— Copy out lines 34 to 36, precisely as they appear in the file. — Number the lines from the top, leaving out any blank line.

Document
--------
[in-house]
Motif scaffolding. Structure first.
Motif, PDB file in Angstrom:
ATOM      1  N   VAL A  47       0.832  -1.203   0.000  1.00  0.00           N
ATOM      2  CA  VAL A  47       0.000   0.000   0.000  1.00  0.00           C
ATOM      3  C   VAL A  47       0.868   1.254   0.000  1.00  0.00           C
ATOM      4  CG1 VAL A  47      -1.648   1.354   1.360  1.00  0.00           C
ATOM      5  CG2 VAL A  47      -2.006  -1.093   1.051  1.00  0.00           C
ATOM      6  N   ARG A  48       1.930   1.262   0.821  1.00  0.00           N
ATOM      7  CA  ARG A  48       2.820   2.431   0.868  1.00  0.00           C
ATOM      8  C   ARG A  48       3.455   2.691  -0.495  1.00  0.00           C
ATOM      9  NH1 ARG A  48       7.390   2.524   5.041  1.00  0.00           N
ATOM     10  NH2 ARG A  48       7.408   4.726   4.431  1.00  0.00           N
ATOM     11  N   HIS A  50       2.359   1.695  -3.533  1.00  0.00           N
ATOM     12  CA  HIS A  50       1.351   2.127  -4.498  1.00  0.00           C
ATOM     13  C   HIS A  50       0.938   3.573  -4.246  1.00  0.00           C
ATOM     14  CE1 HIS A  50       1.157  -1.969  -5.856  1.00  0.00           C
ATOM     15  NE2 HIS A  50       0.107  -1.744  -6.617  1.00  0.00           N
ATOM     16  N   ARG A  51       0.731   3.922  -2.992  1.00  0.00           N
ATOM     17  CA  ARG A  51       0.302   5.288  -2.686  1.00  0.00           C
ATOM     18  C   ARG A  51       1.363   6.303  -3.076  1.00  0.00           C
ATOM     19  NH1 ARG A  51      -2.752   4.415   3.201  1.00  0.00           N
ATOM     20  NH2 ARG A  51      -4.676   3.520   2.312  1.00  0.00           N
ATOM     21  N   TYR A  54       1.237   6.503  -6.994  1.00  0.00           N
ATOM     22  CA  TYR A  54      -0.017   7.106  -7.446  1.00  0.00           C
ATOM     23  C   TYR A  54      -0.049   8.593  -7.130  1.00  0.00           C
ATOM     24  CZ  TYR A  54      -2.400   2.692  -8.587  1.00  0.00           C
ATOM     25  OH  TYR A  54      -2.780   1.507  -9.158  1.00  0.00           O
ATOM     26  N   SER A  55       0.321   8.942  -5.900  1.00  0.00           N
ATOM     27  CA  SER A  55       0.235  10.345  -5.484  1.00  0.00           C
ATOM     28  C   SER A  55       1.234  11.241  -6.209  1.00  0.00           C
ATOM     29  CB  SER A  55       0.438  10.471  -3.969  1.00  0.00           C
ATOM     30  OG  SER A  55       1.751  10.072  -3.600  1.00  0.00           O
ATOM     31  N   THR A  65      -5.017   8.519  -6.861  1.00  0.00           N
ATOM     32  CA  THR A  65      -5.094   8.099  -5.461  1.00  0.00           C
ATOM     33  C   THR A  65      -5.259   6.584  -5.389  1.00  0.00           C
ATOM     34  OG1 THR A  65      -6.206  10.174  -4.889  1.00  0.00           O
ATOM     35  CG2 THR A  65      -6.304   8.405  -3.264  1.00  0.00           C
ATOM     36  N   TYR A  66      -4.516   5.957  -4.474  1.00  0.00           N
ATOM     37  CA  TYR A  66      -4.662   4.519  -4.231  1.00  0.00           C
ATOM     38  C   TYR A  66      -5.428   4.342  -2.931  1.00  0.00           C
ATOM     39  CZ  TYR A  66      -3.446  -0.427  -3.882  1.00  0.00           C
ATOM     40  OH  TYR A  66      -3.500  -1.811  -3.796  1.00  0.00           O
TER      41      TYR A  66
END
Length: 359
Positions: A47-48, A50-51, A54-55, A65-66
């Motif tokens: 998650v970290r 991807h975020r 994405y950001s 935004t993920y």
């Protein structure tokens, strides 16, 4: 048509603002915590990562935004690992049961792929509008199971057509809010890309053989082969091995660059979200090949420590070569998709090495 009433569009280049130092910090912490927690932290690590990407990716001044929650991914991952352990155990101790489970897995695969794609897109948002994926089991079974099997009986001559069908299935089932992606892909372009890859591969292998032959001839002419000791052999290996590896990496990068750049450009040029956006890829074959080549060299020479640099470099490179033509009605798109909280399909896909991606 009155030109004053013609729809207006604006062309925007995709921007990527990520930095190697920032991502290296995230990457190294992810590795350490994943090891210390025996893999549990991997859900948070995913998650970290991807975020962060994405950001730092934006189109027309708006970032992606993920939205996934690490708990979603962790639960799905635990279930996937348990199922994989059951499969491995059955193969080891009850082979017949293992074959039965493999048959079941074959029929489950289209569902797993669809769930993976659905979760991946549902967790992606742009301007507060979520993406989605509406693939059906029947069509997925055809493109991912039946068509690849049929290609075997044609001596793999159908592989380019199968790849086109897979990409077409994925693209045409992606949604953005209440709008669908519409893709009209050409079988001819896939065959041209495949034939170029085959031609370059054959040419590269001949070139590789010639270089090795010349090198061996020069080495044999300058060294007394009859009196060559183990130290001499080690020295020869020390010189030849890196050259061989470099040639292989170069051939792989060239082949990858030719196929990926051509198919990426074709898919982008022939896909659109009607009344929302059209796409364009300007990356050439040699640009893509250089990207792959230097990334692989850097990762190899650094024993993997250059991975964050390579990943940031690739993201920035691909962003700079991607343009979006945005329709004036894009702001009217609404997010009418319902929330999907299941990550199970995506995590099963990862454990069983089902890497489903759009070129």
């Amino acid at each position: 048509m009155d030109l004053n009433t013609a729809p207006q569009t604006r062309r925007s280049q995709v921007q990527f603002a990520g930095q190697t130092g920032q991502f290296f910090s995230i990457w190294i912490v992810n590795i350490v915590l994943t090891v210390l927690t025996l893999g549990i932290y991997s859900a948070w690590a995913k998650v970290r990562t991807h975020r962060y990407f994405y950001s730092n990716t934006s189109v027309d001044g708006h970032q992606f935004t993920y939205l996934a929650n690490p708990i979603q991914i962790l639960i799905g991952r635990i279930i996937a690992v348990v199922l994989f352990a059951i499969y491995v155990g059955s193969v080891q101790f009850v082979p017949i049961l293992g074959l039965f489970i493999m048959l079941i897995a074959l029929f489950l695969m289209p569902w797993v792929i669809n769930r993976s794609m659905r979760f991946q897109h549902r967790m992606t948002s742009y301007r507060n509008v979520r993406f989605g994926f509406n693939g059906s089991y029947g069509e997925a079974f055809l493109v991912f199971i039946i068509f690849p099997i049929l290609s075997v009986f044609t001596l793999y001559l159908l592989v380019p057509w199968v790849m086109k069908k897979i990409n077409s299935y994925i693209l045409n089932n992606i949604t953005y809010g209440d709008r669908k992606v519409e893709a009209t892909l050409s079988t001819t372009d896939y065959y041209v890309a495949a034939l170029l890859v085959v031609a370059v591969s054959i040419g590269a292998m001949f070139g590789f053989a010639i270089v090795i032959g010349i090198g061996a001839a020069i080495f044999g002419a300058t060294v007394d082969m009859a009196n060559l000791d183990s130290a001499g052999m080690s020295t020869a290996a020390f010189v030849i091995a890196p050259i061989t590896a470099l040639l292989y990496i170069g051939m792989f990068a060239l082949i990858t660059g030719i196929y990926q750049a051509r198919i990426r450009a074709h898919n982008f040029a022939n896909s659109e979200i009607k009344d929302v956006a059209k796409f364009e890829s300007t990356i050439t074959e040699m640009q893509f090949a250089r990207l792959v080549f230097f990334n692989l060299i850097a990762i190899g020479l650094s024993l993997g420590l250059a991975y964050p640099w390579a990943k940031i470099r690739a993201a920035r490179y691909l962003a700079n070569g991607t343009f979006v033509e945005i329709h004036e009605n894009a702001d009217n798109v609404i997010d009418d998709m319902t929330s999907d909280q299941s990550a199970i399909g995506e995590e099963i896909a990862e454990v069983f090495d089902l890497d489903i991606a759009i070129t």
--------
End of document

ATOM     31  N   THR A  65      -5.017   8.519  -6.861  1.00  0.00           N
ATOM     32  CA  THR A  65      -5.094   8.099  -5.461  1.00  0.00           C
ATOM     33  C   THR A  65      -5.259   6.584  -5.389  1.00  0.00           C